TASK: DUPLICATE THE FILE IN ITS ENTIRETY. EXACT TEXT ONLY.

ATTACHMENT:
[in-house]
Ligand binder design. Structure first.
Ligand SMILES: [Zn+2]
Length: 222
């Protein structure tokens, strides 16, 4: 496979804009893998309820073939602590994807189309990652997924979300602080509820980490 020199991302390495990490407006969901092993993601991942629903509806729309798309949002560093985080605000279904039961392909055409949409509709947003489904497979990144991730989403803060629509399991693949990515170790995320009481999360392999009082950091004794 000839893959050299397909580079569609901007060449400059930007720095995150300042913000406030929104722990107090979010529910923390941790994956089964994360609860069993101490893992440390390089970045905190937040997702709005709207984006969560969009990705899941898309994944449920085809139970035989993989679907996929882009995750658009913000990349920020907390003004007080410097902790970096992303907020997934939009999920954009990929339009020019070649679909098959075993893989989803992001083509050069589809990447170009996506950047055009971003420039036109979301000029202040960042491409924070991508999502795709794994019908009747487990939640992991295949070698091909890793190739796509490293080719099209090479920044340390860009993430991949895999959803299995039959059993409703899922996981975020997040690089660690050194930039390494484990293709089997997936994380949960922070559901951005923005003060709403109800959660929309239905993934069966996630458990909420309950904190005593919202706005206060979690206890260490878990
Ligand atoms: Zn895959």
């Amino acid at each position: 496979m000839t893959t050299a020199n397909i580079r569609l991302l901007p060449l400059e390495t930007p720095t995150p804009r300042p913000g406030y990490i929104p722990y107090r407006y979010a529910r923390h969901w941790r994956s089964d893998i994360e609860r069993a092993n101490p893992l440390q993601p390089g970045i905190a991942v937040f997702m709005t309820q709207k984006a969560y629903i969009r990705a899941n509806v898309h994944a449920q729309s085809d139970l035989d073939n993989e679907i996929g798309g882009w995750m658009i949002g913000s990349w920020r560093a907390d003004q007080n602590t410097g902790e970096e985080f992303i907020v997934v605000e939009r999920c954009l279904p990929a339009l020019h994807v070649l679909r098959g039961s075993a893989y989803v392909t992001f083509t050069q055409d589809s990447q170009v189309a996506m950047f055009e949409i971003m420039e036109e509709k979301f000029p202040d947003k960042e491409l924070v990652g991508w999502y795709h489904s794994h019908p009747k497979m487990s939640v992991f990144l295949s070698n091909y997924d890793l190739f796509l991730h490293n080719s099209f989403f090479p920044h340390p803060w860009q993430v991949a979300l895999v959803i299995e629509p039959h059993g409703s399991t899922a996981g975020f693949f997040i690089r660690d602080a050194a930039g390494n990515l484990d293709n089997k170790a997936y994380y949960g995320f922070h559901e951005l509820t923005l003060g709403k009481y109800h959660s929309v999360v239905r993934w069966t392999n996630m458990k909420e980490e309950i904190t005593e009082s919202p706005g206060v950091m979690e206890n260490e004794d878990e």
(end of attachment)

[in-house]
Ligand binder design. Structure first.
Ligand SMILES: [Zn+2]
Length: 222
């Protein structure tokens, strides 16, 4: 496979804009893998309820073939602590994807189309990652997924979300602080509820980490 020199991302390495990490407006969901092993993601991942629903509806729309798309949002560093985080605000279904039961392909055409949409509709947003489904497979990144991730989403803060629509399991693949990515170790995320009481999360392999009082950091004794 000839893959050299397909580079569609901007060449400059930007720095995150300042913000406030929104722990107090979010529910923390941790994956089964994360609860069993101490893992440390390089970045905190937040997702709005709207984006969560969009990705899941898309994944449920085809139970035989993989679907996929882009995750658009913000990349920020907390003004007080410097902790970096992303907020997934939009999920954009990929339009020019070649679909098959075993893989989803992001083509050069589809990447170009996506950047055009971003420039036109979301000029202040960042491409924070991508999502795709794994019908009747487990939640992991295949070698091909890793190739796509490293080719099209090479920044340390860009993430991949895999959803299995039959059993409703899922996981975020997040690089660690050194930039390494484990293709089997997936994380949960922070559901951005923005003060709403109800959660929309239905993934069966996630458990909420309950904190005593919202706005206060979690206890260490878990
Ligand atoms: Zn895959």
């Amino acid at each position: 496979m000839t893959t050299a020199n397909i580079r569609l991302l901007p060449l400059e390495t930007p720095t995150p804009r300042p913000g406030y990490i929104p722990y107090r407006y979010a529910r923390h969901w941790r994956s089964d893998i994360e609860r069993a092993n101490p893992l440390q993601p390089g970045i905190a991942v937040f997702m709005t309820q709207k984006a969560y629903i969009r990705a899941n509806v898309h994944a449920q729309s085809d139970l035989d073939n993989e679907i996929g798309g882009w995750m658009i949002g913000s990349w920020r560093a907390d003004q007080n602590t410097g902790e970096e985080f992303i907020v997934v605000e939009r999920c954009l279904p990929a339009l020019h994807v070649l679909r098959g039961s075993a893989y989803v392909t992001f083509t050069q055409d589809s990447q170009v189309a996506m950047f055009e949409i971003m420039e036109e509709k979301f000029p202040d947003k960042e491409l924070v990652g991508w999502y795709h489904s794994h019908p009747k497979m487990s939640v992991f990144l295949s070698n091909y997924d890793l190739f796509l991730h490293n080719s099209f989403f090479p920044h340390p803060w860009q993430v991949a979300l895999v959803i299995e629509p039959h059993g409703s399991t899922a996981g975020f693949f997040i690089r660690d602080a050194a930039g390494n990515l484990d293709n089997k170790a997936y994380y949960g995320f922070h559901e951005l509820t923005l003060g709403k009481y109800h959660s929309v999360v239905r993934w069966t392999n996630m458990k909420e980490e309950i904190t005593e009082s919202p706005g206060v950091m979690e206890n260490e004794d878990e």